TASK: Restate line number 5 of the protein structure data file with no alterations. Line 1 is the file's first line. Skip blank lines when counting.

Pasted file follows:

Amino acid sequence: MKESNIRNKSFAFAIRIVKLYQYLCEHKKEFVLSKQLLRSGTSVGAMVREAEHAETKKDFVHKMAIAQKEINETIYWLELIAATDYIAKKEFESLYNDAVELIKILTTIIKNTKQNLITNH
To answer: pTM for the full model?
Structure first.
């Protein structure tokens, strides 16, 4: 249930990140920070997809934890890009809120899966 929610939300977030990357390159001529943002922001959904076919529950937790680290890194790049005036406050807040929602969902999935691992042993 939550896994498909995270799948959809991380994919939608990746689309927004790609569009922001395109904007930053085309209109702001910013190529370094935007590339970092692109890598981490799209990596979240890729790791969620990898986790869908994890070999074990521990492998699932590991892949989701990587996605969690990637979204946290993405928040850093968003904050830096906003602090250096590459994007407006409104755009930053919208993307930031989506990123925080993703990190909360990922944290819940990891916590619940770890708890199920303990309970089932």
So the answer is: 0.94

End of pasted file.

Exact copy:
So the answer is: 0.94